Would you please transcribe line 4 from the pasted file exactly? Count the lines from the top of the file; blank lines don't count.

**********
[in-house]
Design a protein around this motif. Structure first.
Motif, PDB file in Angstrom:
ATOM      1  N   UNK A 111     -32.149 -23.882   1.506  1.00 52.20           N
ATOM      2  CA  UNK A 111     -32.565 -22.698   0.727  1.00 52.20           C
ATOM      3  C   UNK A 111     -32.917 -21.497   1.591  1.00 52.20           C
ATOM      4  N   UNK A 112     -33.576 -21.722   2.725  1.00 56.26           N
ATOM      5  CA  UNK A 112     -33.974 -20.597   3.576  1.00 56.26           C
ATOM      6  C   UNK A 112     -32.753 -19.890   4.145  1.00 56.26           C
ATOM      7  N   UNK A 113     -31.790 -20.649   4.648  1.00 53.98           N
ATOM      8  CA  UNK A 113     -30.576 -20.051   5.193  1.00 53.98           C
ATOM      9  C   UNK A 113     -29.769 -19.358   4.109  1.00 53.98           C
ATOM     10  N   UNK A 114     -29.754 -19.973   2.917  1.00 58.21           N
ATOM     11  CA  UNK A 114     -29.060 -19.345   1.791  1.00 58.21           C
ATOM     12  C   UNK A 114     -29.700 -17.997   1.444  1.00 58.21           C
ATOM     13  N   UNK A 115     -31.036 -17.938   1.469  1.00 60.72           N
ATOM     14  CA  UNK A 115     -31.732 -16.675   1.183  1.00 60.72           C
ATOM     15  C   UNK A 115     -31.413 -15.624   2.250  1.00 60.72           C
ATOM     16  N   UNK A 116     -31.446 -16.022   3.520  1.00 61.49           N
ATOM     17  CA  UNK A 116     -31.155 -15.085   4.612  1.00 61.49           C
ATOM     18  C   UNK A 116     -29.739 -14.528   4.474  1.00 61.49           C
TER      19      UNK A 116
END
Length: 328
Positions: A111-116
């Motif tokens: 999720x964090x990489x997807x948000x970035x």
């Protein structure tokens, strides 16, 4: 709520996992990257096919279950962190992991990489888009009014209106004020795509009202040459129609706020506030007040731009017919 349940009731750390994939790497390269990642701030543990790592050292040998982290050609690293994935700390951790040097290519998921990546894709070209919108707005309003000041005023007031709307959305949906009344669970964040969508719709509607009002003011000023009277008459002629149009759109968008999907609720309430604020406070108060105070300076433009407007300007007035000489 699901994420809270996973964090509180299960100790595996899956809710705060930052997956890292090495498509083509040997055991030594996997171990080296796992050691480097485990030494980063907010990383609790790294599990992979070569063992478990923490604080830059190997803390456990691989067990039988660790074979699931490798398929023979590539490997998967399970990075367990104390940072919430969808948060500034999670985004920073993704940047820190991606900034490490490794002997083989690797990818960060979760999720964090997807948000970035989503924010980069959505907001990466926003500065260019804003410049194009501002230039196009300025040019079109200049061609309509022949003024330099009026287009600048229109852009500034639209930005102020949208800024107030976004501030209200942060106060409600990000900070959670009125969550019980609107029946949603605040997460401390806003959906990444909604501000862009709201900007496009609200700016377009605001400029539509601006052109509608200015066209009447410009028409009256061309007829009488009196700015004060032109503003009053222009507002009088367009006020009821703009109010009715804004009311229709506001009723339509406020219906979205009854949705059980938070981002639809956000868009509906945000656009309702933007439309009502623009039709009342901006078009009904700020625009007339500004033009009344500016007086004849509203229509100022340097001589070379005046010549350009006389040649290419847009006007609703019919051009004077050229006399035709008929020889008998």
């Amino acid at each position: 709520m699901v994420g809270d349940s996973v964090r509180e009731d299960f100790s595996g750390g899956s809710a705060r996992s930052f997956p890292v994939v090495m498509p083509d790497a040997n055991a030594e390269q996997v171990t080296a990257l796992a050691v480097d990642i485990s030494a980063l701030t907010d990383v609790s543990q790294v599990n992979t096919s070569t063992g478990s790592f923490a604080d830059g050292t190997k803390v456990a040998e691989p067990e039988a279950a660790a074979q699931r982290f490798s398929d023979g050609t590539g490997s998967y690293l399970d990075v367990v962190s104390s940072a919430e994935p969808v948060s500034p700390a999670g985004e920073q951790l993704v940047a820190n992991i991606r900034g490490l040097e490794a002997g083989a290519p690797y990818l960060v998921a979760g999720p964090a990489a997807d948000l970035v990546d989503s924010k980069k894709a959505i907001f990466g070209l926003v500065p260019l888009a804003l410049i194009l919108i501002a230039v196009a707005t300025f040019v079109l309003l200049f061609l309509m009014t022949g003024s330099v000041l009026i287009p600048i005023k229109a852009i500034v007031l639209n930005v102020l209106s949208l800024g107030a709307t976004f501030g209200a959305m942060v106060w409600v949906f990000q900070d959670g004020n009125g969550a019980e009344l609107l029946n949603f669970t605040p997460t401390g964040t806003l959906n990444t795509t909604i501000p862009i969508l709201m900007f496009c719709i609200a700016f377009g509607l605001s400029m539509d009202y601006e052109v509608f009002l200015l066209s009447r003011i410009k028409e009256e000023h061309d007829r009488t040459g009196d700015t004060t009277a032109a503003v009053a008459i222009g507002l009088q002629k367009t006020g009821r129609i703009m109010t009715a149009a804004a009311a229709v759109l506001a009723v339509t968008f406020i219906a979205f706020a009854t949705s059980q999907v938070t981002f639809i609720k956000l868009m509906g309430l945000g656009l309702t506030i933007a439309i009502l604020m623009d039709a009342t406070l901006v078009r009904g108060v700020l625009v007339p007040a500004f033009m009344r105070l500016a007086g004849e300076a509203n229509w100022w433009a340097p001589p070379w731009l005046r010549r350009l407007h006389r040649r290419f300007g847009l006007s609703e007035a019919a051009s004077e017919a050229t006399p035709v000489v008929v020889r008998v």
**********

ATOM      1  N   UNK A 111     -32.149 -23.882   1.506  1.00 52.20           N